This editorial appeared in The Miami Herald.
The world that created the United Nations in 1945 has been swept away in the post-war years. A political revolution has reshaped the colonial map, creating new nations and nearly quadrupling U.N. membership from the original 51 countries to 192 today. Through it all, the Security Council has remained frozen in time, its size and permanent membership shamefully the same.
The five permanent members are the United States, Russia, China, the United Kingdom and France. It can be argued that at least the first three remain the most powerful countries in the world in terms of combined military and economic might and deserve permanent representation. It is absurd, however, to argue that the victors of World War II should continue to exercise such a disproportionately high degree of power over the rest of the planet, ignoring the rise of new economic powers and regional forces across the globe.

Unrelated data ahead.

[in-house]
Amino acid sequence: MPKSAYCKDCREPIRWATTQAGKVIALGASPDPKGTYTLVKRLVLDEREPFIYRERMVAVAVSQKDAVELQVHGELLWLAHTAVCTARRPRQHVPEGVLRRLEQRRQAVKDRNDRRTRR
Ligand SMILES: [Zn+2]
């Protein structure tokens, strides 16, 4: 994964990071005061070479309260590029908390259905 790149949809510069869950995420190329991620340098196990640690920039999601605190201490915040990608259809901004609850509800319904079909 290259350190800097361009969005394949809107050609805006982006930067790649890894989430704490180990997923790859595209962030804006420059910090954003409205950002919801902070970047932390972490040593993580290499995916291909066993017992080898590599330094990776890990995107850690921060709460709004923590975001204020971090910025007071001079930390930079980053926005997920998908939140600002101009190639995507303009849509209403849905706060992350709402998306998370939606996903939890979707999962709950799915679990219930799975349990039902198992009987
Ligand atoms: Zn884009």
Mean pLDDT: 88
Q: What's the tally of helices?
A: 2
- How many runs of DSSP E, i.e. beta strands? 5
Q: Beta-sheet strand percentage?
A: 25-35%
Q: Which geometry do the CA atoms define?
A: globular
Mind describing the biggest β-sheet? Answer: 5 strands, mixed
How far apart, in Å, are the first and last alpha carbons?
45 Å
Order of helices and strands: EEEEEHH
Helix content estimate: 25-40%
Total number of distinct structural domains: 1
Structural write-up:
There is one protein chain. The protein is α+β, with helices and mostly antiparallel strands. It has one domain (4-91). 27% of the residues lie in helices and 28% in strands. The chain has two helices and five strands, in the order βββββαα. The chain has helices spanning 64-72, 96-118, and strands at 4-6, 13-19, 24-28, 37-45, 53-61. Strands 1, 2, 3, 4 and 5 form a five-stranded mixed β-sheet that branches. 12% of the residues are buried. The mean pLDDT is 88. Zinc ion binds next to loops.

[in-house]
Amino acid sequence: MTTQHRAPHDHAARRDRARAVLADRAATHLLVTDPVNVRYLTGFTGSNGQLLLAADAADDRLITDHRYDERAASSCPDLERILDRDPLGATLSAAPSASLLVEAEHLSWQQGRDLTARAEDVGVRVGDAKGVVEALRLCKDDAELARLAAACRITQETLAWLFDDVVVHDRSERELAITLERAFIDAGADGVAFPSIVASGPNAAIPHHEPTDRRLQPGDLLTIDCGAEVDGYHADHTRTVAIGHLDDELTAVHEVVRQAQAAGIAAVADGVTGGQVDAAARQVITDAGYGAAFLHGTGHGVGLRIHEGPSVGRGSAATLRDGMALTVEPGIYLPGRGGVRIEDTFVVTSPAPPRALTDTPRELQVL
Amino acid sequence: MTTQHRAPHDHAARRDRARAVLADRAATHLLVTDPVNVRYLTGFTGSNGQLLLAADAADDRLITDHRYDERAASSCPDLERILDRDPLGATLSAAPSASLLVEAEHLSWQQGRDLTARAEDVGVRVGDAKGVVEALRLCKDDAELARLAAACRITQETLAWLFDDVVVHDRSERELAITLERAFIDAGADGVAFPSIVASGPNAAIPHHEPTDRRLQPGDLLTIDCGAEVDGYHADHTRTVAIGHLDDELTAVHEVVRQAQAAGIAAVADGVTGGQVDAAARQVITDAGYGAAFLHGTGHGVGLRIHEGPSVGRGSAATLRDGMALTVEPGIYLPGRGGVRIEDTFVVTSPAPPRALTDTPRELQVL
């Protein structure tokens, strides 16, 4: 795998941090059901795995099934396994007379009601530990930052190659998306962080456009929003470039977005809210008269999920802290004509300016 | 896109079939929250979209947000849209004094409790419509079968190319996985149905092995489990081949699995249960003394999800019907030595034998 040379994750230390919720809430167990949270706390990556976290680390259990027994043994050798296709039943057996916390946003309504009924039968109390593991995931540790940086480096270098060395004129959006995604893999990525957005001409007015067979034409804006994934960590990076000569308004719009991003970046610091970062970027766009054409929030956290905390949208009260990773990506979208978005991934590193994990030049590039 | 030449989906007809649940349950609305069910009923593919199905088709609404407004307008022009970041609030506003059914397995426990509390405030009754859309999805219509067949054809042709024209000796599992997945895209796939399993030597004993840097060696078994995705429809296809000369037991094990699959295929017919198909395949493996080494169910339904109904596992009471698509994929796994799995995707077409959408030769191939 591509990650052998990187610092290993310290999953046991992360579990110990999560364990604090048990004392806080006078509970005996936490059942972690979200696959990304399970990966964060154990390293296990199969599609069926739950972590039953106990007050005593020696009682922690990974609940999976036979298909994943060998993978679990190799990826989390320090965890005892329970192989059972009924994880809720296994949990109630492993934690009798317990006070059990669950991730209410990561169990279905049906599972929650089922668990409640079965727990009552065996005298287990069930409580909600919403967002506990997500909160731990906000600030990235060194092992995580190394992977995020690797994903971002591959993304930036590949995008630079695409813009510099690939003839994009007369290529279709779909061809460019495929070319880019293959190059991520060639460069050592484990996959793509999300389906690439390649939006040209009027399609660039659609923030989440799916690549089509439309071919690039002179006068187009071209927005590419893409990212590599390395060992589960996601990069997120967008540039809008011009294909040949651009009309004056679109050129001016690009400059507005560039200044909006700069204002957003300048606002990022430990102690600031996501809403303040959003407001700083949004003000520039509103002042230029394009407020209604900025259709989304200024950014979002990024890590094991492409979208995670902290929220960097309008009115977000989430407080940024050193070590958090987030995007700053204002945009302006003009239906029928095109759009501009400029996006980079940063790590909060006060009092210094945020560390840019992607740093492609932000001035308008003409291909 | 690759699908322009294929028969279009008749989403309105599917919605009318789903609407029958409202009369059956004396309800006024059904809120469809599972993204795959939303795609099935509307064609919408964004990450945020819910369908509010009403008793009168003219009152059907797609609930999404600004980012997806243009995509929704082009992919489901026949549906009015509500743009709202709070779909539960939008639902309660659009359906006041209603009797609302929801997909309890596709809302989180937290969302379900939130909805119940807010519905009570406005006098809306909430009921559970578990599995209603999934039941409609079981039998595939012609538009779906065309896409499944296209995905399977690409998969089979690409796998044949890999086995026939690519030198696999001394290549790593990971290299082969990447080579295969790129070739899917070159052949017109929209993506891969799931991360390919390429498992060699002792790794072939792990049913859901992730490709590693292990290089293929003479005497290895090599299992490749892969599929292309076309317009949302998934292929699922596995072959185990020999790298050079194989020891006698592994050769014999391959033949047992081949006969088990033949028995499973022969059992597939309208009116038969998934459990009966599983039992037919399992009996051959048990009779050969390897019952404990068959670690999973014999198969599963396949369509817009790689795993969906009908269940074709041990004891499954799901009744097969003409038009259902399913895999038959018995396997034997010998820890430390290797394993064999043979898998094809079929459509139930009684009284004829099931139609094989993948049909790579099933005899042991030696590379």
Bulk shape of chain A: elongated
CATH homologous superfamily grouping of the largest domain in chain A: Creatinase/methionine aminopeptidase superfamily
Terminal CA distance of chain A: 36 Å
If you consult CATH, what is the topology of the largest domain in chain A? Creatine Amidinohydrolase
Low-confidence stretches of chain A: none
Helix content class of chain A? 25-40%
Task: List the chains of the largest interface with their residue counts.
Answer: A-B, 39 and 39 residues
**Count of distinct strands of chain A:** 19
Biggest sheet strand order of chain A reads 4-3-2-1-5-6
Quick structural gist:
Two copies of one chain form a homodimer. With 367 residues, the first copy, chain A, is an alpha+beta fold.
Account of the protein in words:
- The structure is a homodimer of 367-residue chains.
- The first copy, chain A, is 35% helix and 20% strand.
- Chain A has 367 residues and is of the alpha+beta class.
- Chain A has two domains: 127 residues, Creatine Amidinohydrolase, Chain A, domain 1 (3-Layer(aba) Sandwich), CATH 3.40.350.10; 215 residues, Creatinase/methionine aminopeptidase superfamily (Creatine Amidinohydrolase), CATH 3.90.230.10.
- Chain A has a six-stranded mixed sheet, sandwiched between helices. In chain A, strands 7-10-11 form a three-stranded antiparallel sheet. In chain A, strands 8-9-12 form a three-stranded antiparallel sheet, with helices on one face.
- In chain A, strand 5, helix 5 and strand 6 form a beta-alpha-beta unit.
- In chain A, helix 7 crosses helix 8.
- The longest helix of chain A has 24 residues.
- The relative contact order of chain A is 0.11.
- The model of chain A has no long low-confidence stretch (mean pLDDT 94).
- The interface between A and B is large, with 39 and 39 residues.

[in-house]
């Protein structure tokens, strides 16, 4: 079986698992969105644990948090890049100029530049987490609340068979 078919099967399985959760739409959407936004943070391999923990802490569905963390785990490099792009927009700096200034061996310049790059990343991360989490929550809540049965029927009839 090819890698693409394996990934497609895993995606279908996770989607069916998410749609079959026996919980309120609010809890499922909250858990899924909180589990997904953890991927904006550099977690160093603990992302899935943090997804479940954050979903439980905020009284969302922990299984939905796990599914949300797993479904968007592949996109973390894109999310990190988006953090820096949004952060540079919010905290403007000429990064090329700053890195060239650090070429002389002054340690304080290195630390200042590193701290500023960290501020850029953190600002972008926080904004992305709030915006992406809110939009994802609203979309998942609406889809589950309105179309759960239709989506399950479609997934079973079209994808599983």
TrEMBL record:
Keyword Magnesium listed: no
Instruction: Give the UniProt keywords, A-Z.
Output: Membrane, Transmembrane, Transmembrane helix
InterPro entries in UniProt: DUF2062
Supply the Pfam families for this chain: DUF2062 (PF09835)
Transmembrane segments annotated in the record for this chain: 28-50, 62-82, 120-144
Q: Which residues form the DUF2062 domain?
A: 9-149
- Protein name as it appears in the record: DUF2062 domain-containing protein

The unchanging structure of the Security Council is a testament to the difficulty of getting anything done at the United Nations. A body with 192 arms and legs moves slowly, when it moves at all.
Today, there is widespread support for revamping the United Nations' most powerful organ to reflect the new global reality, but it threatens to fall victim to the same international rivalries that have blocked agreement for decades.
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